I recently read a very interesting opinion piece: asking students to write a math autobiography as the first assignment of the semester. I may try this out in a future semester. From the opinion piece:
Want to know one of my favorite assignments that I have ever given my students? Want to know learn a lot of useful information about your students in a short amount of time?
I know it sounds too good to be true, but this one simple assignment could change how you teach your classes and how well you know your audience…
Purpose of the Assignment
As your instructor, I want to get to know you as a person and as a student of mathematics. This will help me better meet your needs. It also helps our department as we work to improve our services to students.
Your autobiography should address the four sections listed below. I’ve listed some questions to help guide you, but please don’t just go through and answer each question separately. The questions are just to help get you thinking. Remember the purpose of the paper. Write about the things that will give me a picture of you. The key to writing a good piece is to give lots of detail…
Section 1: Introduction
- How would you describe yourself?
- Where are you from? How did you decide to attend Fort Lewis?
- What is your educational background? Did you just graduate from high school? Have you been out of school for a few years? If so, what have you been doing since then?
- General interests: favorite subjects in school, favorite activities or hobbies.
Section 2: Experience with Math
- What math classes have you taken and when?
- What have your experiences in math classes been like?
- How do you feel about math?
- In what ways have you used math outside of school?
Section 3: Learning Styles and Habits (specifically for math)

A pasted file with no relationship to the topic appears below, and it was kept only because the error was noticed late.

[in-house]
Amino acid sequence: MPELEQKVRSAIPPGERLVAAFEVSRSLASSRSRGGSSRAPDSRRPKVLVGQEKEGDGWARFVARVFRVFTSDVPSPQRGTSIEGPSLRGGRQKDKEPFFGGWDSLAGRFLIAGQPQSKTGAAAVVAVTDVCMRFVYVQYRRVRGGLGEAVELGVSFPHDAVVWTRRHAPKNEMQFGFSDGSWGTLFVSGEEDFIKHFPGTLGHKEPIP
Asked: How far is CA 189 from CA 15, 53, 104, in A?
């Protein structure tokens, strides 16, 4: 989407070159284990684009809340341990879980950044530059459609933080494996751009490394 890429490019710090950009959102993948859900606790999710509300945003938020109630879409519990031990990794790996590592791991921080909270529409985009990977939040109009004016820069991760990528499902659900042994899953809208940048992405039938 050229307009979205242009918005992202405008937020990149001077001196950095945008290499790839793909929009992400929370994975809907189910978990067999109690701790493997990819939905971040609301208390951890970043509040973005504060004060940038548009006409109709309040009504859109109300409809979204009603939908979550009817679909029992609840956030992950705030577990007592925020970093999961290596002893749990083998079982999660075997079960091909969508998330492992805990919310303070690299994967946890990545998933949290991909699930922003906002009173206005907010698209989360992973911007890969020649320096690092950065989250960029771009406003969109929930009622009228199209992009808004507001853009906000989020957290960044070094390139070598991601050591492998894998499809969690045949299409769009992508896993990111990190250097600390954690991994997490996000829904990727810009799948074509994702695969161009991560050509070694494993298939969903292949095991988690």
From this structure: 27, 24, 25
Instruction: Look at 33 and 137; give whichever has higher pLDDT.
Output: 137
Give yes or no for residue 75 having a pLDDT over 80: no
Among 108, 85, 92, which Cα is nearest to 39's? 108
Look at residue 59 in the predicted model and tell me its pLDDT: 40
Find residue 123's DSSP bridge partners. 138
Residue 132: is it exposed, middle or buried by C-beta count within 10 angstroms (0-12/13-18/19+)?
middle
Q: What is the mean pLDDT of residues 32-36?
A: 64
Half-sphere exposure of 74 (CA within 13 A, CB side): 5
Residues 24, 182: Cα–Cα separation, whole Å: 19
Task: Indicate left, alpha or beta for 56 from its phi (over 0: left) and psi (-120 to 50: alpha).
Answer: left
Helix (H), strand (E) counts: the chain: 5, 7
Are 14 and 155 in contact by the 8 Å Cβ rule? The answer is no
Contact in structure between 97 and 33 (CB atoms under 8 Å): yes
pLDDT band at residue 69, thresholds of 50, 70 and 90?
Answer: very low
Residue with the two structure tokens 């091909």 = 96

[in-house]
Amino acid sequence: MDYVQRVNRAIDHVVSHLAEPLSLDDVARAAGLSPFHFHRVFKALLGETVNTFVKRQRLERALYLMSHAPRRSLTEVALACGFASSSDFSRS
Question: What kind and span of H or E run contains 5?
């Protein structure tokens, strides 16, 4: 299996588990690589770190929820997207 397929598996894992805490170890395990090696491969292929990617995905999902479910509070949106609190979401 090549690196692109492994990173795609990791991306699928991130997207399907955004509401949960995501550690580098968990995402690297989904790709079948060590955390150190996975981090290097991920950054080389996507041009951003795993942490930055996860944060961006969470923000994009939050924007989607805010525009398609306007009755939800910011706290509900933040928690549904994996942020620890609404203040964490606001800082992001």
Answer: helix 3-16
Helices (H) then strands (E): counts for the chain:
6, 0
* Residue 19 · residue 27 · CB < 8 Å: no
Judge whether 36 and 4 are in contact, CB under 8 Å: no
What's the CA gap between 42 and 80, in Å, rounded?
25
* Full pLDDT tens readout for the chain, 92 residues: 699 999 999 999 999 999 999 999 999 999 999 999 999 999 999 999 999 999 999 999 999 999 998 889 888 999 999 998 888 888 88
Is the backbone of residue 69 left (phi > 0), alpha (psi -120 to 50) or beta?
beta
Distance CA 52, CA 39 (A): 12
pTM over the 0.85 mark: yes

- Do you learn best from reading, listening or doing?
- Do you prefer to work alone or in groups?
- What do you do when you get “stuck”?
- Do you ask for help? From whom?
- Describe some of your study habits. For example: Do you take notes? Are they helpful? Are you organized? Do you procrastinate? Do you read the text?
Section 4: The Future
- What are your expectations for this course?
- What are your responsibilities as a student in this course? What do you expect from your instructor?
- What are your educational and life goals?
- How does this course fit into your educational goals?
The author’s conclusions:
It was fantastic! Students took it way more seriously than I could have imagined. Some wrote pages and all wrote enough to get to know them. It made me realize that we don’t give our students opportunities to share their math baggage/backgrounds/etc. with us often enough. Students shared everything from horror stories about being shamed in math courses to their excitement about math. Some let you know what they have heard about your class and even fears they may have such as a fear of presenting or working with others.